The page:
Ground barley is put in the 10 tonne-capacity full lauter mash tun, along with yeast and hot water. This Steinecker made mash tun doesn’t need an underback due to its computer controlled system continually monitoring pressure differentials.

After mashing, the 48,000 litres of wort are drained into one of the six larch wood washbacks that work on a non-stop rotation. The washbacks are made by a local company in Duff Town and are replaced every 40 years.

The washbacks are fitted with switcher blades – basically arms that sweep across the surface and literally cut through the froth produced by the CO2 emptiied during fermentation so preventing it bubbling over the top of the washback.

After just 56 hours – a shorter fermentation period than many distilleries –the wash is discharged and pressurised water used to clean the washbacks. The fermented liquid is pumped into the Abercromby copper wash stills, both with 22,970 litre capacities, for the first distillation which produces a spirit of 23-26% ABV. Second distillation in the spirit stills, each with a 17,500 litre capacity, produces a new-make spirit at between 73-75% ABV.

Aultmore, along with the other Dewar distilleries, has a long foreshot run to remove heavy volatiles. The heart is captured for some four hours. The final cut is made at 60-61% ABV, although this can depend on the destination of the spirit.

Whisky destined for Dewar’s blends and for release as single malts is shipped by tanker to John Dewar & Sons’ maturation and blending centre in Glasgow on London Road. There the whisky is put to barrels and aged for a minimum of three years before it is blended into the likes of Dewar’s White Label and Dewars 12-year-old.

With so many newcomers to the Scotch whisky sector, the future for single malt looks extremely positive, even though some of those newcomers are likely to push the boundaries of existing legislation, and new battles about ‘what is whisky’ may once again be on the horizon.

Aultmore was once found mostly in the blended whiskies of John Dewar & Sons (Dewar's White Label, Dewar's 12 Year Old, Dewar's 18 Year Old). It was rarely enjoyed on its own.

The Aultmore 12 YO single malt Scotch whisky was unveiled in 2014 for the Last Great Malts by Dewar's. It's been quite a while since a distillery bottling of Aultmore has been released.

A secluded site once known for smugglers and illicit stills, the Foggie Moss, conceals the water's source.

This 12-year-old is one of an existing trio launched in 2015 to highlight the Foggie Moss distillery with its exceptionally smooth, clean and fruity taste.

Also present in this newly launched range are a 21 and 25-year-old expressions that again promise the very best of this rare single malt.

The water source filters through bracken, gorse and heather purifying the water to the profit of Aultmore’s refined character.

Aultmore does have a strong cult following amongst enthusiasts via independent bottlings and particularly those from the Scotch Malt Whisky Society.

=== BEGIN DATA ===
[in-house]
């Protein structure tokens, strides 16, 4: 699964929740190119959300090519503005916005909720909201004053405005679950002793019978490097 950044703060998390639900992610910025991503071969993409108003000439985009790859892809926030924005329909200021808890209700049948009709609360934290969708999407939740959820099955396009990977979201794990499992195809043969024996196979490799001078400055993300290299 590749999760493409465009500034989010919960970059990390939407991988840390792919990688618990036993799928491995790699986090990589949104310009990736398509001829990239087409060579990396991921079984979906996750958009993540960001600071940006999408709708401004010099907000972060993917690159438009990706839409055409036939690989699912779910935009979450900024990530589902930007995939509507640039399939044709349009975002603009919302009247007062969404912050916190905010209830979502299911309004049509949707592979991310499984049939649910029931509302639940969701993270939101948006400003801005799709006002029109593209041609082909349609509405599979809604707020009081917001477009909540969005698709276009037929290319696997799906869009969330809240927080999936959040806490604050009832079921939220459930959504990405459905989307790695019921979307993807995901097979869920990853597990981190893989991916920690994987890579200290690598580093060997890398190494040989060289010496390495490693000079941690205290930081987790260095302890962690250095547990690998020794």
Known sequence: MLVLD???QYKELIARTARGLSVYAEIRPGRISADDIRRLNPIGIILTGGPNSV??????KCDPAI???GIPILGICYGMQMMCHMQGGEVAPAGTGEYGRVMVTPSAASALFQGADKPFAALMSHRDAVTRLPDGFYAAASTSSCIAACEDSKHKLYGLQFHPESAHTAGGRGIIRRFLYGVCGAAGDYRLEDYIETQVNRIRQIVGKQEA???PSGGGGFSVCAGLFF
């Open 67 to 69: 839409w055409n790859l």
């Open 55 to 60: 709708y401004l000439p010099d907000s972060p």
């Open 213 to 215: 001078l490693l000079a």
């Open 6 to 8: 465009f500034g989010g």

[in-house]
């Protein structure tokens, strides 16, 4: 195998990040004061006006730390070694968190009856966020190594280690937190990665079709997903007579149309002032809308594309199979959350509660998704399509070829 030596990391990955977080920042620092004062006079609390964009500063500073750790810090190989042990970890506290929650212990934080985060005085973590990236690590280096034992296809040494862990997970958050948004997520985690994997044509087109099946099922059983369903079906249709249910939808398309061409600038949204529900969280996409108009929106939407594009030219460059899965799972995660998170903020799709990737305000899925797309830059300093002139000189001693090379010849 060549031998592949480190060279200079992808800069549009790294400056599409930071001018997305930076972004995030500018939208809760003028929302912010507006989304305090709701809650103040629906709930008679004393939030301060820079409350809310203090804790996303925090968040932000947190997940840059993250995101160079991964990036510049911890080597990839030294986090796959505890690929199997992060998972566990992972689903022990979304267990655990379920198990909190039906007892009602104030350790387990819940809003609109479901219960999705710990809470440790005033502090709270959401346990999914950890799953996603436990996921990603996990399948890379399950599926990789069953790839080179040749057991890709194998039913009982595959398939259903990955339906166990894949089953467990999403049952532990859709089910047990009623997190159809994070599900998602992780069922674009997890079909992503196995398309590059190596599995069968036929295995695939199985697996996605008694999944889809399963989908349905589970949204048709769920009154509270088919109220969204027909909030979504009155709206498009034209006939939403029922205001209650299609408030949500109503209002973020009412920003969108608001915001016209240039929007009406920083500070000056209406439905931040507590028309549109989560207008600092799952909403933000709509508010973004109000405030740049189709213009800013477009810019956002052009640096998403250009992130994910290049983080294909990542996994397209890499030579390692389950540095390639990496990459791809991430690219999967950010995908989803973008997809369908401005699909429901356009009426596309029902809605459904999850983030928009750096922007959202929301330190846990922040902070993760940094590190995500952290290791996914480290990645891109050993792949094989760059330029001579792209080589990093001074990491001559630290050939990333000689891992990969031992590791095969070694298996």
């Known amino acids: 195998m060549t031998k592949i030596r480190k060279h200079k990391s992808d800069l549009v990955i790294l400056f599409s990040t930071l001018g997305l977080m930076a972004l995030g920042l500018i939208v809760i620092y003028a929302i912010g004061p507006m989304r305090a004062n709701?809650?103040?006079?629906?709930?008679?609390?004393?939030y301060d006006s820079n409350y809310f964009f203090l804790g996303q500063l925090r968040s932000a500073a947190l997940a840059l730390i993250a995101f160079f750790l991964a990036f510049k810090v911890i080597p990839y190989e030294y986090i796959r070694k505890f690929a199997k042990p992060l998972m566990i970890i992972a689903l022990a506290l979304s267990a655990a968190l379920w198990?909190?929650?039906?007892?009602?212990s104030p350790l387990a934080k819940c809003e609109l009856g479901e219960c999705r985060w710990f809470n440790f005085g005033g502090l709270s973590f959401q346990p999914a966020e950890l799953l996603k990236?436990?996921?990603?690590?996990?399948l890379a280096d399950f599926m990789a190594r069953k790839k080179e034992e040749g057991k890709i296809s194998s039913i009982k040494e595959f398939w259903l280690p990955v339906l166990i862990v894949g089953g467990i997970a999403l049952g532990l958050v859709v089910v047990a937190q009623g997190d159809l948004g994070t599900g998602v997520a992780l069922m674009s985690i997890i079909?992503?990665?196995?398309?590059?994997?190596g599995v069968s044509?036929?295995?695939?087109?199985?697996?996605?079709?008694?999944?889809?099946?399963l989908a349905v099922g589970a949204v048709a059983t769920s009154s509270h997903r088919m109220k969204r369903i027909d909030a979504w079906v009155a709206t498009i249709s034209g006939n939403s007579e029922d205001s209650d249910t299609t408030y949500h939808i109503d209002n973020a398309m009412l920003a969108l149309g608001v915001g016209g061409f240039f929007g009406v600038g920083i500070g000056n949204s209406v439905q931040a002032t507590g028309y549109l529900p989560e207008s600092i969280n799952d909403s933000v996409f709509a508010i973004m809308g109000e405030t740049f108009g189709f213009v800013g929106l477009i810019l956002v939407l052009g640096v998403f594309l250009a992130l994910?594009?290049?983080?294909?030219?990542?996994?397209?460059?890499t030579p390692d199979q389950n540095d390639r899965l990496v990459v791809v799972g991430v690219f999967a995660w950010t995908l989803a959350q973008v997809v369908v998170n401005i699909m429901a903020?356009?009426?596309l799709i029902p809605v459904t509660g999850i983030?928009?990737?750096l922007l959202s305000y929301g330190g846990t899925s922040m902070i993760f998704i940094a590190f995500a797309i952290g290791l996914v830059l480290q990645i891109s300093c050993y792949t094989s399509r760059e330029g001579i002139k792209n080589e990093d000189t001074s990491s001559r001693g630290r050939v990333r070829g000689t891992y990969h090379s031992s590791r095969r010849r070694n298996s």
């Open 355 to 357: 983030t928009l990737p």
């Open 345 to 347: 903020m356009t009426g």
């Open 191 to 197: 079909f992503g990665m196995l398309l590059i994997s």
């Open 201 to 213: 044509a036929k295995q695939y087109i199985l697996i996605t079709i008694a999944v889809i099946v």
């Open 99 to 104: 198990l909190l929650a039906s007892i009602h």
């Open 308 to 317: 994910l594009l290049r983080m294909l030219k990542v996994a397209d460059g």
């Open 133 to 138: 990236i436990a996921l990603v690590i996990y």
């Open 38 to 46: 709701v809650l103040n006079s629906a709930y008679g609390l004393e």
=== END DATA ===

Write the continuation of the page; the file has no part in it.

The distillery itself is situated in a remote region of Speyside and wasn’t connected to the national grid until 1969 when steam engines were retired.

It continues to be a major contributor to the Dewar’s range of blended whiskies and the Old Perth blend.

The only prior single malt bottling was the rather average 12-year-old released in 2004 as part of the Flora and Fauna range.

Born of fog, bog and brimming wee burns, it has a verdant nose of dewy moss and delicate flora & fresh wild herbs.

Aultmore was totally revamped in the early 1970’s; today it isn’t the most glamorous of distilleries to look upon.

Such changes were commonplace across the industry as improvements were sought in efficiency and production, with the number of stills being doubled to 4.

The distillery is not open to the public and there are no warehouses to mature whisky on site. This all points towards its role as a major contributor to blends, as is commonplace across Speyside.

This rare Speyside classic has been distilled in handmade copper pot stills since 1897, yet for over a century it was only sold in limited editions aimed at collectors.

Sometimes a sly taste of AULTMORE could be found in a few local bars, but only if you knew to ask for "a nip of the Buckie Road."

Aultmore 12 was once derided as the AultSNORE.

Running the stills slow helps to maximise reflux, but the shape also allows some heavier elements to come across. In character, therefore, Aultmore shares some of the same characters as Linkwood – fragrant on the nose, substantial on the tongue.

Built by the enterprising Alexander Edward in 1896 it was always going to be pressed into service for blends.

In 1923 it became part of the John Dewar & Sons estate and has remained so ever since. In fact, so highly prized is it as a blending malt that when Bacardi was in the process of buying Dewar’s from Diageo, it was willing to walk away from the deal if Aultmore wasn’t included.

Badarrach was a distillery situated just south of the Kyle of Sutherland in Strath Oykel.

This Highland Single Malt Scotch Whisky distillery in northern Ross-shire would have been housed on one of two farms called East and West Badarrach, also spelled Badarach. Both were close to streams that would have been good water sources.

Badarrach distillery was opened by Thomas Houston in 1826, though it closed seven years later.

In 1917, a fire erupted in the ground-floor offices at 13 King Street and spread rapidly, virtually destroying the building. The fire was brought under control before reaching the whisky warehouse, with its highly flammable contents.

The deaths in 1935 first of Charles Stewart Howard (age unknown) while undergoing surgery and then several months later of Alexander Smith (cause and age unknown) capped the company’s most miserable 15-year period in its history to date.